Week In Review
LVMH led a $1.5 million investment round in the Madhappy streetwear brand, which is headquartered in downtown Los Angeles’ Arts District, according to media reports. Other investors include Tommy Hilfiger and the founders of the fast casual chain Sweetgreen. A Madhappy representative declined to answer questions on what the 2-year-old brand will do with the money. Madhappy manufactures T-shirts, hoodies and other basics for men and women. The brand achieved name recognition by producing parties at its pop-up shops.
The environmental group Extinction Rebellion put together a dramatic protest during London Fashion Week earlier this month. According to the New York Times, people associated with Extinction Rebellion produced a mock funeral march for fashion. They walked down the Strand, where some fashion week shows were taking place, and shut down traffic. The group has critiqued the fashion industry for not being good environmental citizens. It demands that the fashion industry, along with other businesses and governments, reduce their greenhouse gases to zero emissions by 2025.
The RealReal is working with the Burberry fashion house to promote a program that will encourage fashion sustainability. People who consign Burberry pieces at The RealReal will be offered a personal shopping experience in select Burberry stores across the U.S. Announced Oct. 7, Pam Batty, Burberry’s vice president of corporate responsibility, said, “Through this new partnership, we hope to not only champion a more circular future but encourage consumers to consider all the options available to them when they’re looking to refresh their wardrobes.”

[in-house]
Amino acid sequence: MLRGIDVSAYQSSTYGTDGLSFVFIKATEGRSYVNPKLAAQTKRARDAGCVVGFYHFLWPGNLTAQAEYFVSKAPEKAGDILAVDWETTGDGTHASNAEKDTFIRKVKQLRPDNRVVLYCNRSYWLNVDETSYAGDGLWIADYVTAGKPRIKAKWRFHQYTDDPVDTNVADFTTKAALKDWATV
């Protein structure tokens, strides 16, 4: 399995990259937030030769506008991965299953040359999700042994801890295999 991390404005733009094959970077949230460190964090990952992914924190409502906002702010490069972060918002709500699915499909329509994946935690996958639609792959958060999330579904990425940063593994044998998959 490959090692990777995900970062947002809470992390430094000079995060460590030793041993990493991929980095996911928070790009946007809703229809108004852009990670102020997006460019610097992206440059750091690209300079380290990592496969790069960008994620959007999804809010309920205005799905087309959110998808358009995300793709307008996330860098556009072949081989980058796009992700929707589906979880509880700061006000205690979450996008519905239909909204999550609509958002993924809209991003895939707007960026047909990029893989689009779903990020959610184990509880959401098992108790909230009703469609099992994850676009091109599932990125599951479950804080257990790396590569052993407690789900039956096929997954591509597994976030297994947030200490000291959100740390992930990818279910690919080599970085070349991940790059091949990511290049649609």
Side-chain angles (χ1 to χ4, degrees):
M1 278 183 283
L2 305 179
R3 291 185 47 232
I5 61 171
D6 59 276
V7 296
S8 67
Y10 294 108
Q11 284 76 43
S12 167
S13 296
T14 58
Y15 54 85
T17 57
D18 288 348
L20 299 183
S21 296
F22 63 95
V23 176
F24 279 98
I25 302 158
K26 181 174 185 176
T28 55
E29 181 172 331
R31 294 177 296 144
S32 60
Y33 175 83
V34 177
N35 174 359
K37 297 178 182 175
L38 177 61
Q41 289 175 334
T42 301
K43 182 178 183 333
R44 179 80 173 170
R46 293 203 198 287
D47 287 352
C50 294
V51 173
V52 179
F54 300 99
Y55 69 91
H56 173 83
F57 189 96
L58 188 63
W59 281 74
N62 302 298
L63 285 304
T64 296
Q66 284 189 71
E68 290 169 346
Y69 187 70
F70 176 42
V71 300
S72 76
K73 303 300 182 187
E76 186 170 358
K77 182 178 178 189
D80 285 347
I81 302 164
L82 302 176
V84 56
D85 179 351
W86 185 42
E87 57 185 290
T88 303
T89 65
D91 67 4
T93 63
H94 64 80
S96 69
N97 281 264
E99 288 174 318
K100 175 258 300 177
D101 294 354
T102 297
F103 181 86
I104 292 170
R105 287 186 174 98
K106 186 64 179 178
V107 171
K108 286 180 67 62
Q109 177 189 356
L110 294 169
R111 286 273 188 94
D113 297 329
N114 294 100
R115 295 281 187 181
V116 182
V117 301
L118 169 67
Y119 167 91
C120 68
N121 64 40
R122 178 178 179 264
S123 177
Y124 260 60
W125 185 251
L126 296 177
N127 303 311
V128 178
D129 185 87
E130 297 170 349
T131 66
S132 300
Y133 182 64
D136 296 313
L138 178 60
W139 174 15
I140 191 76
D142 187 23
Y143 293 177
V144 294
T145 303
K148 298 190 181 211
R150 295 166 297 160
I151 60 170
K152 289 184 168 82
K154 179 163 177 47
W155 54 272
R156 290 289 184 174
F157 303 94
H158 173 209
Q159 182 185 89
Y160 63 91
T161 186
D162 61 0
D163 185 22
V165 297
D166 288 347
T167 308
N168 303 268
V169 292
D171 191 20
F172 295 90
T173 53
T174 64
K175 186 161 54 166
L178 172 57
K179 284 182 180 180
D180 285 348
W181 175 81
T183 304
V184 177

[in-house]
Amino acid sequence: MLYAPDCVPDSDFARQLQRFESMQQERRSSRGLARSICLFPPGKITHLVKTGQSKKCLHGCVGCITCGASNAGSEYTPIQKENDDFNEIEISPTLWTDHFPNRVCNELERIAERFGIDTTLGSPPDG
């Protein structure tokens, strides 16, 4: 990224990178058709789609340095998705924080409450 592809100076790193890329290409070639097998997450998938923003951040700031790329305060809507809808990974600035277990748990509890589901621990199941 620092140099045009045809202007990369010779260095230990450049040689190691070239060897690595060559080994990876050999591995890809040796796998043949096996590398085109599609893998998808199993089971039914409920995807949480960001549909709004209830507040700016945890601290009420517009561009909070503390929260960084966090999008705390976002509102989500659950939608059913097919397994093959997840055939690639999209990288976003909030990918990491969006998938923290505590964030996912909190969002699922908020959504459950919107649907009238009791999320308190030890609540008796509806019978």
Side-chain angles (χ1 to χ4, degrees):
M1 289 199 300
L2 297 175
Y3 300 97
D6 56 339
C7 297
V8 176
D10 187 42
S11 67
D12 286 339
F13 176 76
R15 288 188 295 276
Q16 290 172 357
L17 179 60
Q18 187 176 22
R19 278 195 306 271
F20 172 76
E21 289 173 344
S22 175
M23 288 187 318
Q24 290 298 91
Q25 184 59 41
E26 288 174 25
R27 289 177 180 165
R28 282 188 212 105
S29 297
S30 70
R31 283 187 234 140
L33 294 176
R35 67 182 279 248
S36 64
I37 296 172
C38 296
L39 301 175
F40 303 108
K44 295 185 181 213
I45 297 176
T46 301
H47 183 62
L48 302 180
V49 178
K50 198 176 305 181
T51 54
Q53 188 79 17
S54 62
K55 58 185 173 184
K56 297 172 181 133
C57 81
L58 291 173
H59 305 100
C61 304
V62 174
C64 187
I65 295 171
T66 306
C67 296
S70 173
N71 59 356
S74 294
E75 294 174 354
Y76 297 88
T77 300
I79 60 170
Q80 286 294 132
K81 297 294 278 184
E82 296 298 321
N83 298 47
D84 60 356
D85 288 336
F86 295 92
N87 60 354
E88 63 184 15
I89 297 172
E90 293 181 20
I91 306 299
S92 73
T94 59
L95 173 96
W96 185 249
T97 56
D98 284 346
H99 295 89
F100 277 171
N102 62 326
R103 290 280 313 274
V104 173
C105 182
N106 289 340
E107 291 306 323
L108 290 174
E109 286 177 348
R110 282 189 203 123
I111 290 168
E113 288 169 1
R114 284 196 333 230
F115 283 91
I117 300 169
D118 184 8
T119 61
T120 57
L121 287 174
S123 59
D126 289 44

Bella + Canvas, a Los Angeles–headquartered basics brand, unveiled a direct-to-consumer retail website on Oct. 7. On shop.bellacanvas.com, shoppers can buy men’s and women’s Bella + Canvas fashions. Previously, the brand focused on business through its wholesale channels, said Danny Harris, the brand’s co-founder and co–chief executive officer. “For us, a move into the retail space has never been a matter of if but when, and we’re excited to announce that time has finally come,” he said. Starting in 2020, the brand also will produce bricks-and-mortar pop-up shops.
Target Corp. announced a new chief financial officer on Oct. 9. Michael Fiddelke will direct financial planning and analysis, financial operations, accounting, investor relations, and taxes, among other initiatives. Fiddelke most recently served as Target’s senior vice president of operations, said Brian Cornell, Target’s chairman and chief executive officer. Target also announced that Mark Tritton, Target’s chief merchant, will leave the organization. Christina Hennington and Jill Sando will temporarily replace him by directing the retailer’s merchandising.